Monthly Archives: July 2012

Mexico shuts down Juárez gambling spots

Frontera NorteSur

Mexican federal law enforcement agents swooped down on three Ciudad Juárez casinos last weekend, detaining employees and placing “closed” seals on the businesses. The target of the July 28 raids was the Uno bingo and sports book chain that maintained three casinos in different sections of the border city.

UTEP unveils plans to transform campus

The new Bhutanese-style pedestrian overpass on Sun Bowl Drive, together with the "Mining Minds" sculpture in the roundabout at the intersection of Sun Bowl Drive and University Avenue, serve as landmarks at the western gateway to the UTEP campus. (Image courtesy of UTEP)

Design emphasizes sustainability, quality of life 

University of Texas at El Paso

As the University of Texas at El Paso approaches the celebration of its 100thanniversary, the university has begun a new phase in the recent expansion of its campus facilities. On July 23, UTEP President Diana Natalicio

The arroyo will be enhanced with the addition of new bridges, overlooks and landscaping. (Image courtesy of UTEP)

unveiled final renderings for eight projects that will use pedestrian walkways and green spaces to knit together campus buildings, creating a climate consistent with UTEP’s development as a national research (Tier One) university with a 21st century student demographic.

Truck-driving dangers in Mexico’s Zeta Land

Editor’s Note:  As a general rule, Frontera NorteSur prefers not to use anonymous or unidentified persons as the main source(s) of information for a story. But on-the-ground realities in Mexico increasingly challenge this principle. Often, journalists sticking hard-and-fast to the attribution rule will have nothing to publish, even if a story is of crucial significance.

So in the interest of furthering public knowledge and debate, FNS has decided to publish the following story based on an interview with a trucker who asked that his real identity not be disclosed for obvious reasons. For purposes of this story, we will simply call him Rafael, or Rafa.  The trucker’s story, important aspects of which are confirmed by other sources, also conveys a seldom-heard point of view from a sector of the population that is caught up in the so-called drug war but largely forgotten in the reporting on and analysis of the violence and its implications for the future of Mexico. 

Kent Paterson

Frontera NorteSur Feature

Rafael yanks out the old billfold and displays a lone 200-peso bill, a denomination roughly worth $16 and declining in value every day as fuel, food and more keep going up and up and disposable income down and down. With more than a glint of regret in his eyes, he remarks how in the old days his wallet would bulge with as many as 10,000 pesos. Those were the good years, he recalls, when a trucker’s life was one of happiness and a profession that earned a good living.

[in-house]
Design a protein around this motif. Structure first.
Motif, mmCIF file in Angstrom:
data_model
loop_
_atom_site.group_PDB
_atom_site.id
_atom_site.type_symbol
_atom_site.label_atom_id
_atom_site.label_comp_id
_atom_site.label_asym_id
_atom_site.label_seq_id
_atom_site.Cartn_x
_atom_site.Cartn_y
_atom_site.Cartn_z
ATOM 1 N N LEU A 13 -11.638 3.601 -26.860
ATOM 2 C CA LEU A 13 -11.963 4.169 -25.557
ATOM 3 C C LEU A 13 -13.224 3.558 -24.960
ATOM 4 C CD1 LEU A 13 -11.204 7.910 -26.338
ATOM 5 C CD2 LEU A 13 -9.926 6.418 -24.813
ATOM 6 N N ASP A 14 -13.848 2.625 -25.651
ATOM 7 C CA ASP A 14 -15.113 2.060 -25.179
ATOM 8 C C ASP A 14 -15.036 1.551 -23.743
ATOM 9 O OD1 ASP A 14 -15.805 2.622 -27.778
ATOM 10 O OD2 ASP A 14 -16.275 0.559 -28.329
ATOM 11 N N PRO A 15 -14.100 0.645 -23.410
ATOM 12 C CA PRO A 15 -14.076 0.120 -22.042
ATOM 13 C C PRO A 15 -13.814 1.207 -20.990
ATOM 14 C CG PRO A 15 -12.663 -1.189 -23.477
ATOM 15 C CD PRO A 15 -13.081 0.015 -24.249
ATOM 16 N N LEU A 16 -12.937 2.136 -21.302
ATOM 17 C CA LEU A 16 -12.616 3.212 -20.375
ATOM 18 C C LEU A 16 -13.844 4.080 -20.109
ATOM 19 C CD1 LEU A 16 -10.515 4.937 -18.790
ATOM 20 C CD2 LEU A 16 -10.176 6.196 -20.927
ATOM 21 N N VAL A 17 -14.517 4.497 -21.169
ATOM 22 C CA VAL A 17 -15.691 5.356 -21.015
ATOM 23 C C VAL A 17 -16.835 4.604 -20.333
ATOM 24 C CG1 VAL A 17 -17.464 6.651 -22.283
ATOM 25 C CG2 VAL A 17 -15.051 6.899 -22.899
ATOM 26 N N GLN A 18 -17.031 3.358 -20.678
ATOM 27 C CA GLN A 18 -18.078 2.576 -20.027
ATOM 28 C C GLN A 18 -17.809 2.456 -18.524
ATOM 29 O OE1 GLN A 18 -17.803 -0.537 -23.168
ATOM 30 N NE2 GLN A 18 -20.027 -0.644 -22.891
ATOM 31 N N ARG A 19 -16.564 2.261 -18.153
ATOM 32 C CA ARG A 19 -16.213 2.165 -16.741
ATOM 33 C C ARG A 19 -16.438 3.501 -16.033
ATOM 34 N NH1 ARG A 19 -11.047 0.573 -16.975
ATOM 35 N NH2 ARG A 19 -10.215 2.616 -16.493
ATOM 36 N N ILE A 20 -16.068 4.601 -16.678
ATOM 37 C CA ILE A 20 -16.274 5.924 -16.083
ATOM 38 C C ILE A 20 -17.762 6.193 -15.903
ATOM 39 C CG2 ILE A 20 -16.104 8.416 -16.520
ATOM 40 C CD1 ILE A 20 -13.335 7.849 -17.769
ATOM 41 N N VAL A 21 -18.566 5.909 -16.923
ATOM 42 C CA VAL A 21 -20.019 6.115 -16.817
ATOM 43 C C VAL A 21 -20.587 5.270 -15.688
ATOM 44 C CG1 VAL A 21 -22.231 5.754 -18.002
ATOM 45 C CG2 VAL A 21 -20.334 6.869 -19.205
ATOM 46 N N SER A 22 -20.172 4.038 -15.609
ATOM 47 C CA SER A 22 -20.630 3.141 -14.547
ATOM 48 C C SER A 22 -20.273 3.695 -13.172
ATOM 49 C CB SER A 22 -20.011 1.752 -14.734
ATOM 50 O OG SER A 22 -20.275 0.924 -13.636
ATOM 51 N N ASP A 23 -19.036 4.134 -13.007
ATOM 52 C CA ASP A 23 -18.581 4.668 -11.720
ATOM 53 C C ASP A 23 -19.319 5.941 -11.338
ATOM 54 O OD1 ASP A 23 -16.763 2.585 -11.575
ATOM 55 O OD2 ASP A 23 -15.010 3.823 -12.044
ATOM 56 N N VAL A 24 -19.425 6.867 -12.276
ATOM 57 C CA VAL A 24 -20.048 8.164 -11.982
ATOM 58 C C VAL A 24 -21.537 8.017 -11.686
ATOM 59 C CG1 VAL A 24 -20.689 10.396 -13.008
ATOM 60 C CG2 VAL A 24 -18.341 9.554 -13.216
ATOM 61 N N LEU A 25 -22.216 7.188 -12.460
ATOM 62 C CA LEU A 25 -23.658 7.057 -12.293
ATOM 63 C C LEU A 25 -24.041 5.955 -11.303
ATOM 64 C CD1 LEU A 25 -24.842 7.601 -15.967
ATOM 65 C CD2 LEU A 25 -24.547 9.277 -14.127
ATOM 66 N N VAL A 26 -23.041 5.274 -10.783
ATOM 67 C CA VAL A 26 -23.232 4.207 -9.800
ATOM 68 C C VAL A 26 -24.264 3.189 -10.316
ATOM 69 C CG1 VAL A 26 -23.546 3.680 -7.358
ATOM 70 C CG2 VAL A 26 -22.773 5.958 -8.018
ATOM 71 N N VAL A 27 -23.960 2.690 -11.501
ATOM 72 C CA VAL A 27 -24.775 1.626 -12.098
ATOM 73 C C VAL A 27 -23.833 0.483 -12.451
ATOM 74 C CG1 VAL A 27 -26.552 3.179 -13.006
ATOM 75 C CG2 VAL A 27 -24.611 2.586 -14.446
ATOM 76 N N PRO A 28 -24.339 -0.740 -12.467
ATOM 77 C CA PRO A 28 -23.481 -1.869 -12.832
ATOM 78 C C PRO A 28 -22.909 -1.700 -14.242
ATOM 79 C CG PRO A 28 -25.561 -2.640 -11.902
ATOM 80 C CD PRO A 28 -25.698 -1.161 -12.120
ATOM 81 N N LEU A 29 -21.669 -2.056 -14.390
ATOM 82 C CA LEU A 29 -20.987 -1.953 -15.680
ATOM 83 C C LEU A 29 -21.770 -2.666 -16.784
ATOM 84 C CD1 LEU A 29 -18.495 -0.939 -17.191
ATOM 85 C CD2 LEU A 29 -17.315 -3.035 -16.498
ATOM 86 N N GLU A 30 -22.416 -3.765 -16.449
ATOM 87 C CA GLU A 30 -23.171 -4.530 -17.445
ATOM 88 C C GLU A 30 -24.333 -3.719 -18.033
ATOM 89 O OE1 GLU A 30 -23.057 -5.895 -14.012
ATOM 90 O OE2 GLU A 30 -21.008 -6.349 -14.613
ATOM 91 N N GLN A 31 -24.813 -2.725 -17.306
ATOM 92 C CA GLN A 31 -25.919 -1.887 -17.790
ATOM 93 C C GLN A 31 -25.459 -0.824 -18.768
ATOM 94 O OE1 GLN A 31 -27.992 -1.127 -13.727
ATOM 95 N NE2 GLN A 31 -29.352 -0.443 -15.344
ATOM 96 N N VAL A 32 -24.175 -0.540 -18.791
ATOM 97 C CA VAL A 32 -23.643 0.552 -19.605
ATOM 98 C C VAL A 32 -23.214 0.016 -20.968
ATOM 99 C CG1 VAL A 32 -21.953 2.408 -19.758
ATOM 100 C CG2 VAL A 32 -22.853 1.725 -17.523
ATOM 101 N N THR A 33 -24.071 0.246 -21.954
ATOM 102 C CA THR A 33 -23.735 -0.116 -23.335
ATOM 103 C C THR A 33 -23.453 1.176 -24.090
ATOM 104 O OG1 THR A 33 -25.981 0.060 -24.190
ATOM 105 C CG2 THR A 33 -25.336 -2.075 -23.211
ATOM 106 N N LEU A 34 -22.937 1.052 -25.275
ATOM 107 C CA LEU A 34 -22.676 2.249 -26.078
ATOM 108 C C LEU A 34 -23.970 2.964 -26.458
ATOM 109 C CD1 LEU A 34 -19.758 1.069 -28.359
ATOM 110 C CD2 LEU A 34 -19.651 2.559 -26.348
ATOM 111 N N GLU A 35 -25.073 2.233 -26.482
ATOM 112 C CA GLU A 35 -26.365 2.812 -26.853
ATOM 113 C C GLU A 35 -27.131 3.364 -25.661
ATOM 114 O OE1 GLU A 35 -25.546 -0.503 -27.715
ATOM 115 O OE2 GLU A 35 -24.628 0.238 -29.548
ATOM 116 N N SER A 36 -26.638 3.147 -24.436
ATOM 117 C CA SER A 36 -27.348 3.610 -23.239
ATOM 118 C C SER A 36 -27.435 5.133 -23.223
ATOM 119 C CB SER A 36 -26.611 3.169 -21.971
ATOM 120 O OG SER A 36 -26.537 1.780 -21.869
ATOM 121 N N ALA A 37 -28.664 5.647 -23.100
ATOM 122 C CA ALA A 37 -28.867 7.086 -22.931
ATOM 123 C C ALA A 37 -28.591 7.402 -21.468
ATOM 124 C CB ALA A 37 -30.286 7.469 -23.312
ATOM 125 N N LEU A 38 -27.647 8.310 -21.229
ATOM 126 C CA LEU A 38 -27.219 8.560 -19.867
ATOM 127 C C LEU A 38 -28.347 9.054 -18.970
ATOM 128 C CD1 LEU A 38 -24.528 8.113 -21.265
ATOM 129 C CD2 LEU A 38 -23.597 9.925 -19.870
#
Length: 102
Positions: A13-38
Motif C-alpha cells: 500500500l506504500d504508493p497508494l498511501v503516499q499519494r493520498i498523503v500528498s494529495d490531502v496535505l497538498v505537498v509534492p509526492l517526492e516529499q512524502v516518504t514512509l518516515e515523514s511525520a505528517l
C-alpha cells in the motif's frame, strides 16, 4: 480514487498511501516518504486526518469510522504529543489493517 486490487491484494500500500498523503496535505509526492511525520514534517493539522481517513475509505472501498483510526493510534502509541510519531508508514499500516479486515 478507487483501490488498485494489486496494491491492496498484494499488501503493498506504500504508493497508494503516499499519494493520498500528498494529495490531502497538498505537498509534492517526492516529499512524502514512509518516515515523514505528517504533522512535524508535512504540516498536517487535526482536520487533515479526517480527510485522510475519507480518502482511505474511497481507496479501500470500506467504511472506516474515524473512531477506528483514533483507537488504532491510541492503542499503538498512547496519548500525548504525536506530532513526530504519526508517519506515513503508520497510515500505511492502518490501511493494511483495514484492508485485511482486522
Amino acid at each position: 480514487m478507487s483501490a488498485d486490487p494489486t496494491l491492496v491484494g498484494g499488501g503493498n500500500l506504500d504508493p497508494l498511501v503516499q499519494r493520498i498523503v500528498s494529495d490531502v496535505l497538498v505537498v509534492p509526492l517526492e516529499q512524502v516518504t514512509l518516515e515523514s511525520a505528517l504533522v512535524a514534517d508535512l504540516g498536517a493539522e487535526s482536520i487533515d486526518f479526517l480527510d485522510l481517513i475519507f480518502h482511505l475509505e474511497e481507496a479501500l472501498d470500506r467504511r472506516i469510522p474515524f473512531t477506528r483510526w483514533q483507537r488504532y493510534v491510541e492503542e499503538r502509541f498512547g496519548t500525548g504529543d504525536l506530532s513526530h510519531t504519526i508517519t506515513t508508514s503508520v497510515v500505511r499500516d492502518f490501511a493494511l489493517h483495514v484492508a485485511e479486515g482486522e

Hookah smoking increasingly common among first-year college women

Miriam Hospital

PROVIDENCE, R.I. – Nearly a quarter of college women try smoking tobacco with a hookah, or water pipe, for the first time during their freshman year, according to new research from The Miriam Hospital’s Center for Behavioral and Preventive Medicine.

HSBC money-laundering mess confirms: ‘Mexican’ drug war is all about the US


Latino Rebels

Capitalism 101. Someone wants a product. Someone else produces that product. Person who wants the product that was produced purchases the product. Person who made the product gets the money from the person who bought the product. Rinse and repeat.

Mexican Consul funds UTEP scholarships

IME Becas program to benefit Mexican students

University of Texas at El Paso

University of Texas at El Paso President Diana Natalicio accepted a check for $17,500 this week from Jacob Prado Gonzalez, the Consul General of Mexico in El Paso, during a ceremony at the Mexican Consulate as part of the Institute of Mexicans Abroad (IME) Becas Scholarship Program. The funds, which UTEP will match to total $35,000, will provide scholarship opportunities for Mexican students attending the University. 

Lawsuit could sideline Sheriff Joe Arpaio’s anti-immigration crusade

Maricopa County, Ariz., Sheriff Joe Arpaio. (Photo courtesy of New America Media)

Valeria Fernández

New America Media

PHOENIX — One quiet morning nearly 5 years ago, Manuel de Jesús Ortega Melendres, a 53-year-old Mexican tourist, was a passenger in a van that was pulled over – allegedly for speeding — by a Maricopa County sheriff’s deputy. Ortega Melendres, who has dark skin, and his co-passengers, were asked to show their legal documents. Ortega Melendres did so, but was nevertheless arrested and detained for four hours. The driver of the van was never officially cited for speeding.

Survey links voter ID laws, racial resentment

University of Delaware

A new National Agenda Opinion Poll by the University of Delaware’s Center for Political Communication reveals support for voter identification laws is strongest among Americans who harbor negative sentiments toward African Americans.

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